• Highway says:

      Really you’re just a softy on that one. Japanese houses are generally (and that one specifically) made very cheaply, and actually lose all of their value as a structure within a fairly short timeframe, on the order of 20 years. It actually would cost the owners more to have it be standing if they tried to sell it, even if it had been in better condition.

      Now there’s certainly going to be tension between that economic reality and the perhaps nostalgic desires of some folks to have a classic older house. But it’s likely that the market for those older houses would clear very quickly, and you end up with a lot of old housing stock, especially in a place that’s depopulating like Manoyama, that is really just sitting there rotting.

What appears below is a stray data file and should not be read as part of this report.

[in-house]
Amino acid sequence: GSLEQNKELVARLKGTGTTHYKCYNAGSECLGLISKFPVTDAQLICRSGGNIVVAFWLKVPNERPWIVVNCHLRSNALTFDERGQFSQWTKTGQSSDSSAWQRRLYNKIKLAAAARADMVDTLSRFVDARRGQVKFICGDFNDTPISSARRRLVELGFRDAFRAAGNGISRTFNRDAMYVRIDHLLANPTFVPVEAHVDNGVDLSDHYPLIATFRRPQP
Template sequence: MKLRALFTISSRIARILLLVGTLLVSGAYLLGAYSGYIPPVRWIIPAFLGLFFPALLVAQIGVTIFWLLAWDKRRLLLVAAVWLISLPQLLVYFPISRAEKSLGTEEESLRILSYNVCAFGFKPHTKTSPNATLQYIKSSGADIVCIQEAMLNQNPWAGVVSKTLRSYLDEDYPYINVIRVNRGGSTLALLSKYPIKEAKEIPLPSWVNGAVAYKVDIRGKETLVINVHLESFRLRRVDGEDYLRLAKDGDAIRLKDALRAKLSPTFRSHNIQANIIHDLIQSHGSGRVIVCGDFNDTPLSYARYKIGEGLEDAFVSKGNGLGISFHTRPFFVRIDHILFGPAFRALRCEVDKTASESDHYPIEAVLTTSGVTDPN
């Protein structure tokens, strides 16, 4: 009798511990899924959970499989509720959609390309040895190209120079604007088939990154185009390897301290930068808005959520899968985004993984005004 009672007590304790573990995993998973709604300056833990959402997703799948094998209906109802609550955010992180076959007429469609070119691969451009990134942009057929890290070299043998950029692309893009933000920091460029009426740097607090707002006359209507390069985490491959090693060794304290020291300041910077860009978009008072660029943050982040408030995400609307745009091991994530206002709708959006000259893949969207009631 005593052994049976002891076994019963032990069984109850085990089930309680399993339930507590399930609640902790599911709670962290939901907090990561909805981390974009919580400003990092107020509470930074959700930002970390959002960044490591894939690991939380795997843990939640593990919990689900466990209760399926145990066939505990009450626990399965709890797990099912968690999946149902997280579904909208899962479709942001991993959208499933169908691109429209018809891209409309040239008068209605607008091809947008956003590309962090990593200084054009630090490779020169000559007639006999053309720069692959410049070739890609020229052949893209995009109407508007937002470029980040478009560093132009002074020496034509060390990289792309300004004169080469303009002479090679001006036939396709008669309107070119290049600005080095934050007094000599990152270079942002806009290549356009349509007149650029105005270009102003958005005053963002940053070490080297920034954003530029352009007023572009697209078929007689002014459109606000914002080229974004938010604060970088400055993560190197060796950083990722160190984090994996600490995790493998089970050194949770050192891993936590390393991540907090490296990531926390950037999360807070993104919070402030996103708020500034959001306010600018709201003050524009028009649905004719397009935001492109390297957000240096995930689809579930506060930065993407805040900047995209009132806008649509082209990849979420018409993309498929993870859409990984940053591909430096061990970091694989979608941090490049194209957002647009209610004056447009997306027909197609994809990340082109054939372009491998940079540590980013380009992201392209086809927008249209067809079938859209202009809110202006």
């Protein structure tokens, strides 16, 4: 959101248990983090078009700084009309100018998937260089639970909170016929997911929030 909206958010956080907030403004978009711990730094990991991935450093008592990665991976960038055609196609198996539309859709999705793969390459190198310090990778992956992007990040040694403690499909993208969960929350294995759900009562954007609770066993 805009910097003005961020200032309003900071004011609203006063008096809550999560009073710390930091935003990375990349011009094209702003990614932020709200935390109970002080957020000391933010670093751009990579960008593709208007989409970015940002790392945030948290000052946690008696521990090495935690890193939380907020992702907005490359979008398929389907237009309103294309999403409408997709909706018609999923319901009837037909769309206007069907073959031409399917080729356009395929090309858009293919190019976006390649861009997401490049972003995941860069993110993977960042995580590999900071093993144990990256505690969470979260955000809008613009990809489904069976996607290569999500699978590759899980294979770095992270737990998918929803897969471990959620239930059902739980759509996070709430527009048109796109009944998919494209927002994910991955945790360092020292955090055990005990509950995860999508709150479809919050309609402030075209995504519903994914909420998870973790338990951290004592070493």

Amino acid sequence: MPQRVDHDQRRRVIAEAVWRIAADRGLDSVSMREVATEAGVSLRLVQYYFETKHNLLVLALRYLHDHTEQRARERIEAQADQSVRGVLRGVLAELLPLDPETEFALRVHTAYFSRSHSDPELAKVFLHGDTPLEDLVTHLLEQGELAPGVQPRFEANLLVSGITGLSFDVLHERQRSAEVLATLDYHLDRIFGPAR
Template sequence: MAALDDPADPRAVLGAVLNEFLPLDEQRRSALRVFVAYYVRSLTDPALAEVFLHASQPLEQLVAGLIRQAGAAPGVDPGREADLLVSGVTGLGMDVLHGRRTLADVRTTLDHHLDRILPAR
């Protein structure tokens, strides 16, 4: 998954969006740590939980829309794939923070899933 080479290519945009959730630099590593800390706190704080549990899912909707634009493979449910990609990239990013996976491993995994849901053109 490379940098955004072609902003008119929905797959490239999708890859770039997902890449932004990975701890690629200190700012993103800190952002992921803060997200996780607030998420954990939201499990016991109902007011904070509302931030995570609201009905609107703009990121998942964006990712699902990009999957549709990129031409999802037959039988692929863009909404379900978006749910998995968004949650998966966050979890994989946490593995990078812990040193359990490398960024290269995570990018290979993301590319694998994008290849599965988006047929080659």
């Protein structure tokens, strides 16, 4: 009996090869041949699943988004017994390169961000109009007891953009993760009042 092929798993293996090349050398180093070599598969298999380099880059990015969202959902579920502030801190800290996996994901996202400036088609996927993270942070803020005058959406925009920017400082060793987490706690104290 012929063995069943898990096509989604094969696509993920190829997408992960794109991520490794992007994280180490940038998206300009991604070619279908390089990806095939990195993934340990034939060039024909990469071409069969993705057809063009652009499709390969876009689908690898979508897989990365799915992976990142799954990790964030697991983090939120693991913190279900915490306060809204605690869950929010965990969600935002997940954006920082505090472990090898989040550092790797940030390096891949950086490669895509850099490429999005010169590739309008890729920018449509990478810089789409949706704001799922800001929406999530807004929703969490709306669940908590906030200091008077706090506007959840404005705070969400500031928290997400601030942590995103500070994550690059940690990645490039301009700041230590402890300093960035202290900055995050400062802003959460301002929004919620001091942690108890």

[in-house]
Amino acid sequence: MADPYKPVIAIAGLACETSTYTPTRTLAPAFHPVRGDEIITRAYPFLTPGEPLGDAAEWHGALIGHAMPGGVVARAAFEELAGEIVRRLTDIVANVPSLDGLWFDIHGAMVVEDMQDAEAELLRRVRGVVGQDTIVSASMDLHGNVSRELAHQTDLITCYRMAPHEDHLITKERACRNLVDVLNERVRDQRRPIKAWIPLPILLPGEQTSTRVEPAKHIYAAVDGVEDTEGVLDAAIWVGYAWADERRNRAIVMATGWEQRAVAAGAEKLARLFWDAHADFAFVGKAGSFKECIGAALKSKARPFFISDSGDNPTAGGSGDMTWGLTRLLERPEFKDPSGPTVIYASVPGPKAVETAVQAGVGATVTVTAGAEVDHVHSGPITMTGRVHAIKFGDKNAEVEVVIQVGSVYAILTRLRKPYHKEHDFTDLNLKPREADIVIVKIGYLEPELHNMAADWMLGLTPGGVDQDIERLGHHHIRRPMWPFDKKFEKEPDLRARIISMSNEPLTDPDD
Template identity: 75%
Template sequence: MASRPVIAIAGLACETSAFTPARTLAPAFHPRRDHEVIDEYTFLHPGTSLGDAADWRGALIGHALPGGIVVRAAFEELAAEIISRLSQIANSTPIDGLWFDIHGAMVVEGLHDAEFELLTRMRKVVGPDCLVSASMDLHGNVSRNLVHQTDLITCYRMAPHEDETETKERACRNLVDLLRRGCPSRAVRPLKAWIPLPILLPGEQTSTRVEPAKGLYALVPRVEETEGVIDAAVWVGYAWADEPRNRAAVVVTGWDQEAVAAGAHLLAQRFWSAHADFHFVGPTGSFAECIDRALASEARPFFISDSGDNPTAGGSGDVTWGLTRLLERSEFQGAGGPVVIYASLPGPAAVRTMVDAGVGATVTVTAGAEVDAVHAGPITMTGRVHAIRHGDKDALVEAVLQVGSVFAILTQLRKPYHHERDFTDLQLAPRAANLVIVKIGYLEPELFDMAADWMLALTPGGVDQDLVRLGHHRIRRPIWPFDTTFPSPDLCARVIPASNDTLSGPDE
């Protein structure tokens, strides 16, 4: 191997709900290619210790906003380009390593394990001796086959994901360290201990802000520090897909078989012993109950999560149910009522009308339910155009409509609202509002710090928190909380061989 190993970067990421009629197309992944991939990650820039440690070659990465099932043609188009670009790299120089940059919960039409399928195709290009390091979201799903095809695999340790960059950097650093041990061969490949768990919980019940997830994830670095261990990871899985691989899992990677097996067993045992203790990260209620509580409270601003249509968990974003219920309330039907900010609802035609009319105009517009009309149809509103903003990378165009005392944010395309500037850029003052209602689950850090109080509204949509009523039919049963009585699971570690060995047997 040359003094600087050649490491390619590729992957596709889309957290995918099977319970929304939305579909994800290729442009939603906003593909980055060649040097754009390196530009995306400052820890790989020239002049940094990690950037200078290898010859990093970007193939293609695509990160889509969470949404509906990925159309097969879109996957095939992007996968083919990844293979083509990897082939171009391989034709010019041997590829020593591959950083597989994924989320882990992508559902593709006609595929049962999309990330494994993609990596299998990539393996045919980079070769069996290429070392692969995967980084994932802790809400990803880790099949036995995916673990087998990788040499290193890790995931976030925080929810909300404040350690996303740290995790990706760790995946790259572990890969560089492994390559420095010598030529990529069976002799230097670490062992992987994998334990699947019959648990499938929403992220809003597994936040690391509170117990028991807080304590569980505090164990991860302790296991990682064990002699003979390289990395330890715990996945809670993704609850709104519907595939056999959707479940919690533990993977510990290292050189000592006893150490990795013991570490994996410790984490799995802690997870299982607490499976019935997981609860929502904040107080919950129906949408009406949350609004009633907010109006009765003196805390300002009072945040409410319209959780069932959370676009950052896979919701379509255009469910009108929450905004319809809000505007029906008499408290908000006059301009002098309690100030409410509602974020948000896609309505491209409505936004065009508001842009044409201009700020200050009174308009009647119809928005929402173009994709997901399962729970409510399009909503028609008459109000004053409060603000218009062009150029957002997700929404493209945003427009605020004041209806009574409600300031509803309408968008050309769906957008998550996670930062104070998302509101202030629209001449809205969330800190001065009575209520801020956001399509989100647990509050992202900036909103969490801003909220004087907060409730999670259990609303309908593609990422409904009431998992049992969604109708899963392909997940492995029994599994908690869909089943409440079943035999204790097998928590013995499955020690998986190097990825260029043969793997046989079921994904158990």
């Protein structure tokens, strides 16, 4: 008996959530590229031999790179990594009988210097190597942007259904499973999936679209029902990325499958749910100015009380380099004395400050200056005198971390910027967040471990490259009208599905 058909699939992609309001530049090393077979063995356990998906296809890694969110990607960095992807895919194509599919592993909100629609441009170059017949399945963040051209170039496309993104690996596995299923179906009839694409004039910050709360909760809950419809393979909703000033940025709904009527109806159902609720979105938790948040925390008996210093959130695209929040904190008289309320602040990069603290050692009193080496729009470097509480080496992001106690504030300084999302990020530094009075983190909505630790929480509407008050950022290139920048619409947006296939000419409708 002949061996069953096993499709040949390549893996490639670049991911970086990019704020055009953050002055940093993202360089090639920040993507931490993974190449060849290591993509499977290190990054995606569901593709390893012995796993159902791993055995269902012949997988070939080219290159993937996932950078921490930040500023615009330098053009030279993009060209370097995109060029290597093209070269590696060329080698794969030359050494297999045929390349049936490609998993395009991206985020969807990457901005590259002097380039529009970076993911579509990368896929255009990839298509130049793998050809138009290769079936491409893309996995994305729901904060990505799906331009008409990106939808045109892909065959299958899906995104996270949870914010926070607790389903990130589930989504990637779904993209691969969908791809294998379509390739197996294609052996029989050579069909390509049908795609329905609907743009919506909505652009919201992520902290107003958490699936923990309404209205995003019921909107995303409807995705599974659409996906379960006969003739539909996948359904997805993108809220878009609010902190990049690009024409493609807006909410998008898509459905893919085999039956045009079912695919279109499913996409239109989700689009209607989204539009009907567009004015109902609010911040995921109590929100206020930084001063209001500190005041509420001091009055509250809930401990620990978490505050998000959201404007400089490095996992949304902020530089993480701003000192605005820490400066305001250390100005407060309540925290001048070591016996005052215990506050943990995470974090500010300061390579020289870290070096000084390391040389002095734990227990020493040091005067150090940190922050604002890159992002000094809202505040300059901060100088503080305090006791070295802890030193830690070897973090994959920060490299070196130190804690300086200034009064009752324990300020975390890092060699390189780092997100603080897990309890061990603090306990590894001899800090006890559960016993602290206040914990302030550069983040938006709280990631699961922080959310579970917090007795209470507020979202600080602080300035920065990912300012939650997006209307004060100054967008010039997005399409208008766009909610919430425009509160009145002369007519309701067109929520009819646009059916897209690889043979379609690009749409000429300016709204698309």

• Highway says:

      I kind of think that it’s not really that big of a deal between Maki and her father. I think his gruff exterior and strong support of her desires to be an actress are probably making Maki think that she is a huge disappointment. But from what we saw of her father in this episode, my feeling is that he’s more of a “I want my daughter to be happy” father, and it’s less that she gave up on the acting and more that she felt forced to give up on acting. And that his support of her efforts wasn’t contingent on her succeeding as an actress, but was based on supporting her because she’s his daughter.

      Now, a father can fully support his daughter and still pressure her to do as much as she can, and give it as complete an effort as possible. Those two ideas aren’t incompatible. Nor is the idea of being a bit disappointed when it doesn’t work out. But I don’t think he’s going to be as bad as all that when they finally talk about it.